Africa Business Communities

[East Africa Business Week] Bob Koigi: Financial institutions bank on tech to bolster offerings

East Africa financial institutions are betting on tech to boost their offerings, grow their customers’ portfolio and stay afloat in a competitive market. Penetration of the internet in the region, a tech savvy consumer base and a favourable regulatory framework have contributed to this uptake.

In Ethiopia for example, Dashen Bank has extended its strategic partnership with CR2, as it accelerates its branch transformation programme, a key pillar of its overall digital transformation.

This latest strategic initiative responds to the changing nature of the branch, migrating traditional teller services to digital points of access such as mobile, online and in-branch self-service terminals including the ATM and kiosk.

In Rwanda, African digital payments company DPO Group recently partnered with Bank of Kigali to onboard e-Commerce merchants for the bank, in Rwanda. The new partnership will allow Bank of Kigali customers to access efficient e-Commerce and payments services through DPO Group’s robust platform.

And in Kenya, The Central Bank of Kenya (CBK) has granted Cellulant a Payment Service Provider (PSP) authorisation in Kenya, enabling the company to expand its payments offering for businesses, banks, and consumers.

The CBK PSP authorisation permits Cellulant to continue enabling businesses to collect payments online and offline while allowing anyone to pay from their mobile money, local and international cards or directly from their bank.

This comes as a Banking Industry Customer Satisfaction Survey by Kenya Bankers Association indicated that mobile Applications (Apps) topped bank customers' preferences in 2021, reinforcing a sustained uptake of contactless banking solutions that gained fresh traction in 2020 following the Covid-19 pandemic.

In the region’s health sector, The Aga Khan hospitals in East Africa have received €2.3 million grant from Proparco to increase access to healthcare services by boosting oxygen supply and supporting needy patients with quality care.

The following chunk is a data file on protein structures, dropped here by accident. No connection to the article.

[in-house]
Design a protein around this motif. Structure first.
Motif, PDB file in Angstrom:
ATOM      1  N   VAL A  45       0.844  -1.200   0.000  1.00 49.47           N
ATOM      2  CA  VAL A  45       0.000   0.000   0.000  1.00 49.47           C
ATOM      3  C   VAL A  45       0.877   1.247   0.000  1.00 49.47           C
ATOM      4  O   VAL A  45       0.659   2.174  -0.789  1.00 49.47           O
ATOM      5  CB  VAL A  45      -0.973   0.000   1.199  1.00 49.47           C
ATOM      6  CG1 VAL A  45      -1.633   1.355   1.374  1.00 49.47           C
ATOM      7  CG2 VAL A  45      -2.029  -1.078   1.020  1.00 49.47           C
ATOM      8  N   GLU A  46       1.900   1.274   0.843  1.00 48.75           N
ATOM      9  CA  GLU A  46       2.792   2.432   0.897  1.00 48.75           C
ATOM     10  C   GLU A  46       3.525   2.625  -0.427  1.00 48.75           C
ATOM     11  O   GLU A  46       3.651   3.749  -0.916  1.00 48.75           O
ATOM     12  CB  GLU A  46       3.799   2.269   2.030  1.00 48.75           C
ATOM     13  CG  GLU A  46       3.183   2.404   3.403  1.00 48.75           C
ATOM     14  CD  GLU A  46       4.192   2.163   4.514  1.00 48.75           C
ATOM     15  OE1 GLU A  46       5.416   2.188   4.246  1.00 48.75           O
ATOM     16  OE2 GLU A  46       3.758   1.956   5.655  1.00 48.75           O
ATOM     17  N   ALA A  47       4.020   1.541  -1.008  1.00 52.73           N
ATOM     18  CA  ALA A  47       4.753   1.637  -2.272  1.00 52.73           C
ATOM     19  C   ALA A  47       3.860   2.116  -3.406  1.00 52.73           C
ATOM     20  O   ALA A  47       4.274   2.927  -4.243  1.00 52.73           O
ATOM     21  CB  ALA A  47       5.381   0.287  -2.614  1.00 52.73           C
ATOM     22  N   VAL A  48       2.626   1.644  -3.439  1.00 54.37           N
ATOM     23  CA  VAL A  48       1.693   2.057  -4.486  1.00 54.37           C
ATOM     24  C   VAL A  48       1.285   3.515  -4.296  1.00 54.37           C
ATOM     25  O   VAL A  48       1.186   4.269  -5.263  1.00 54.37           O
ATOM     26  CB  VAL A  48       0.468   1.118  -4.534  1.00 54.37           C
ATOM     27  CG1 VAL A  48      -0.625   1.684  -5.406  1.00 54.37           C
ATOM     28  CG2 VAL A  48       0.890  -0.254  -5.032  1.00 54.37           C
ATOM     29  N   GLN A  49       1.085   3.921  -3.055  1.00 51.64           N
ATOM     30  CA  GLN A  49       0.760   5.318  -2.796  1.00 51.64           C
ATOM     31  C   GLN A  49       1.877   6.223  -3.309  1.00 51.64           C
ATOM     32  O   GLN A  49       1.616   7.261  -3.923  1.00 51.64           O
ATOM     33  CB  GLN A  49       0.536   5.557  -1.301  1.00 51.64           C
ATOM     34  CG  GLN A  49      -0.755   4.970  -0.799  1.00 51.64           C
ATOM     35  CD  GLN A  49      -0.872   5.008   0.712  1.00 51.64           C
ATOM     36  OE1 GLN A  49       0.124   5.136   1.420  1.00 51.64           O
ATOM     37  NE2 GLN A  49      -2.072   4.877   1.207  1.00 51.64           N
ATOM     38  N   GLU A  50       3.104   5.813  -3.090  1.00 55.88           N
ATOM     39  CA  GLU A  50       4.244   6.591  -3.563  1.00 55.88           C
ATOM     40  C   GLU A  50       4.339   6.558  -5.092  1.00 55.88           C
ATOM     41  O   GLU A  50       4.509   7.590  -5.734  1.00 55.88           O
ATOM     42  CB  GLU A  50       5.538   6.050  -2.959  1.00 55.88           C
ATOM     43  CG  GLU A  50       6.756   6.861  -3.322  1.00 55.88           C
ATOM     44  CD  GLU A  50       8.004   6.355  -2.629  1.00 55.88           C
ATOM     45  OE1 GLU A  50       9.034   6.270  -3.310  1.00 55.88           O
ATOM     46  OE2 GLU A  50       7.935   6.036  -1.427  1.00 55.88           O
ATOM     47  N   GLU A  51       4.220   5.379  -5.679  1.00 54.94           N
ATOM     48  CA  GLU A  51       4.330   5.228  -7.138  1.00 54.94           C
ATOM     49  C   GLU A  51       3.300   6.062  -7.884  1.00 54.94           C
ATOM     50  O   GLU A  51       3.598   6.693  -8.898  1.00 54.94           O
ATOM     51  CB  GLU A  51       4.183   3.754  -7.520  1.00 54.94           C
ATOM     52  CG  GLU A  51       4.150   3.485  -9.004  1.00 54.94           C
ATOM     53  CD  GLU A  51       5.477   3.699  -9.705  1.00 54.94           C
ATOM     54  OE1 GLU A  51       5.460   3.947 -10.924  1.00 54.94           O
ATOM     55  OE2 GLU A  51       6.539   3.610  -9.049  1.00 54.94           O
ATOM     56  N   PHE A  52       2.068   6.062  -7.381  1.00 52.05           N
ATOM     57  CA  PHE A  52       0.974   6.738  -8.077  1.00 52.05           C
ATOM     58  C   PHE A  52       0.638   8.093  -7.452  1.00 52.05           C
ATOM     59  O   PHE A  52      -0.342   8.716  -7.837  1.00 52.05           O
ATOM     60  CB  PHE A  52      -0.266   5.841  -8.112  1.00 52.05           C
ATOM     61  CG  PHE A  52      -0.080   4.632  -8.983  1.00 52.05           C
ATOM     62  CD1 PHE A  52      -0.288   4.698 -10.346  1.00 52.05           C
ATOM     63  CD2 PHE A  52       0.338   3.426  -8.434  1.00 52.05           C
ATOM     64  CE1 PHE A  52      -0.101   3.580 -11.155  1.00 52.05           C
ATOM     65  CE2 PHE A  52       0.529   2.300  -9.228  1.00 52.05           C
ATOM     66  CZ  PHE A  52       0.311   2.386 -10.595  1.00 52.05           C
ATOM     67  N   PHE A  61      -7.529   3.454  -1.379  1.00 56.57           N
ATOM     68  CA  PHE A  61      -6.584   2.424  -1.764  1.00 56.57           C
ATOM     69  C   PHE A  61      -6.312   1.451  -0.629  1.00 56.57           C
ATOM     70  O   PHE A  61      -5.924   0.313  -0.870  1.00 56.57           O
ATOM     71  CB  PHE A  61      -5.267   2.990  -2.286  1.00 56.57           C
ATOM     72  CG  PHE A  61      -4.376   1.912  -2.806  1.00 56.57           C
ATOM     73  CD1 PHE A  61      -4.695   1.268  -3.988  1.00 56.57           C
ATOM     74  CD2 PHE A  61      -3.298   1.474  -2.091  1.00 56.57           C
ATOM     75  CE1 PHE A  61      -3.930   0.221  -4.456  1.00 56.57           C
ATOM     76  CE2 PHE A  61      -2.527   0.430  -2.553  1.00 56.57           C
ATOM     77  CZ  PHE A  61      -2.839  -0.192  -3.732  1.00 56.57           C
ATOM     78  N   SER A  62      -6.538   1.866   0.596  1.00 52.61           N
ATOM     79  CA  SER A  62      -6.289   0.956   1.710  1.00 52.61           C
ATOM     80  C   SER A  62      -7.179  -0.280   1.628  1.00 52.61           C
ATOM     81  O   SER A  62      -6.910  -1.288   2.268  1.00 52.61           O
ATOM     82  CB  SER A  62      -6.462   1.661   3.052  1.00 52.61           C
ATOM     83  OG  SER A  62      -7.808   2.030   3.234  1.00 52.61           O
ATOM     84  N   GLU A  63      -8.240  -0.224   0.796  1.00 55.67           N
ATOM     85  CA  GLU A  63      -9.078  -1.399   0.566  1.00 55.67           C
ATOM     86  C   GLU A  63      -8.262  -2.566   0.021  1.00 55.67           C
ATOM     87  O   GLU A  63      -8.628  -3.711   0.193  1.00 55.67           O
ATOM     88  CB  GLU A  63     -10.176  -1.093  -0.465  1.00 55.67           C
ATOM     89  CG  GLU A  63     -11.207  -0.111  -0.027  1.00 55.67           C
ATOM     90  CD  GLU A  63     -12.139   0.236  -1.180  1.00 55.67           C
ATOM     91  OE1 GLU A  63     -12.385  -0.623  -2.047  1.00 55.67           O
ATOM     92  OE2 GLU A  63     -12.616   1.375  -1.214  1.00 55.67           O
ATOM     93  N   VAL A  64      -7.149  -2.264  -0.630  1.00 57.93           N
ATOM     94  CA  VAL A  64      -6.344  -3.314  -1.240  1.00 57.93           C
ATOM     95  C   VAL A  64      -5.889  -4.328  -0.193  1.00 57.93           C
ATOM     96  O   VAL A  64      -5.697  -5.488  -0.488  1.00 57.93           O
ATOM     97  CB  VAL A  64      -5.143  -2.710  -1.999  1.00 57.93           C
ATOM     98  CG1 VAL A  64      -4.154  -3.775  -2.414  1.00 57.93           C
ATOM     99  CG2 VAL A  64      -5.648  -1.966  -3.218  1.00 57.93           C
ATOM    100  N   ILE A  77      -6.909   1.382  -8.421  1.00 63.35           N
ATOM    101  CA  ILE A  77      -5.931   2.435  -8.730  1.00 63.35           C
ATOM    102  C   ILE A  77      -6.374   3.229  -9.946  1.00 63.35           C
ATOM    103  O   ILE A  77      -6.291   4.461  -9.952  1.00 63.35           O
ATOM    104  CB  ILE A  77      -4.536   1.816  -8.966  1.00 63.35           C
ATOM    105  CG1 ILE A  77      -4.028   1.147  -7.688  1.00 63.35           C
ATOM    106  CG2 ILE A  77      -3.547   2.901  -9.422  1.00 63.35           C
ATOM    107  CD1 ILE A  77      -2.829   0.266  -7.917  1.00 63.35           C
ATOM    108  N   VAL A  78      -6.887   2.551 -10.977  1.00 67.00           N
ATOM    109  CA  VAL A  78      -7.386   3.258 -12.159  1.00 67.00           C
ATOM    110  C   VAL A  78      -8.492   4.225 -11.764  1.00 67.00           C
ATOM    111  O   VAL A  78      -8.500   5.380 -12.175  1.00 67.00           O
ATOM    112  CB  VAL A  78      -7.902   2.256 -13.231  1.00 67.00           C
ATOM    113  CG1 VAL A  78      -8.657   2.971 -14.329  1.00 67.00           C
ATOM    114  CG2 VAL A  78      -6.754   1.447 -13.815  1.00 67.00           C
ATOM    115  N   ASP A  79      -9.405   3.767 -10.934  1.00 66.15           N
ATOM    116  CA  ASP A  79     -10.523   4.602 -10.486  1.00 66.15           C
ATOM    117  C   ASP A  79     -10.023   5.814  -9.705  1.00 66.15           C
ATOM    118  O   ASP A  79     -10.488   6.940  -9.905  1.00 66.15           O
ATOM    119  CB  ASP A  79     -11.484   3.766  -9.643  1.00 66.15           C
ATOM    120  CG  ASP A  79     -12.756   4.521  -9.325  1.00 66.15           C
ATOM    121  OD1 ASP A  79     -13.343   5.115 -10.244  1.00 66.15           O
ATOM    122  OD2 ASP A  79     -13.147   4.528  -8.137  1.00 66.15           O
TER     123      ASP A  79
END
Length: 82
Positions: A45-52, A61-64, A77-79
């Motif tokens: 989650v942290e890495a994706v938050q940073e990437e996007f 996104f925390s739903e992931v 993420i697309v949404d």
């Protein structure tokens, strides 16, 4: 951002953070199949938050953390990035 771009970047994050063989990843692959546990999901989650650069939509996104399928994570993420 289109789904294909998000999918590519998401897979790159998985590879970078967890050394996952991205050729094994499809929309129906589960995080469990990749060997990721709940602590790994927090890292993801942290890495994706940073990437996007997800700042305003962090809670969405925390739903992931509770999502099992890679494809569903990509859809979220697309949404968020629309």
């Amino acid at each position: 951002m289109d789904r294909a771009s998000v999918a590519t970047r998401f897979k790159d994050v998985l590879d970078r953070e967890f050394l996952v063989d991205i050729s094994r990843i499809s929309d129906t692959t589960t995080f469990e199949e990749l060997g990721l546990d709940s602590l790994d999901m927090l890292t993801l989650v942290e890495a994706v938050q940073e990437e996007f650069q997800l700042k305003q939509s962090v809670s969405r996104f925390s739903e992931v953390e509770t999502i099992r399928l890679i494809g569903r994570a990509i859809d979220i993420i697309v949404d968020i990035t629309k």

The grant will benefit the Aga Khan University Hospital, Nairobi and the Aga Khan Hospitals in Mombasa, Kisumu and Dar Es Salaam including 94 outreach and medical centres of the Aga Khan Health Services in Kenya and Tanzania.

On matters agribusiness,The Food and Agriculture Organization of the United Nations (FAO) Subregional office for Eastern Africa and Agricycle Global Inc. agreed to work together in nurturing youth groups in Kenya, and refugees and host communities in Uganda in the development of fruit and vegetable value-chains.

Areas of collaboration include capacity development for youth on fruit and vegetable value chain development; of safety standards and fruit and vegetable-related agribusiness; documentation of youth empowerment business models; transfer of knowledge and skills for adoption of technologies and equipment for fruit drying; and publishing of best practices.

At the same time, Former President of the United Republic of Tanzania H.E. Jakaya Mrisho Kikwete this week embarked on a field tour of agriculture projects that are supported by AGRA (Alliance for a Green Revolution in Africa) and partners in the country.

AGRA has been supporting Tanzania’s agriculture, since 2006. This has seen significant investments made across the ecosystem to the tune of US$8.7 million. Work has included developing crop varieties, training scientists and research infrastructure, strengthening extension services, providing market, and financing linkages, supporting agro-dealers and the government’s policy reforms.

And this week announced the close of $15.6 million Series B investment round that included a mix of equity, debt and non-dilutive capital to support the continued growth and scale of the company’s innovative waste-to-energy technology and business model in Kenya.

Bob Koigi is the East African Region Editor at Africa Business Communities





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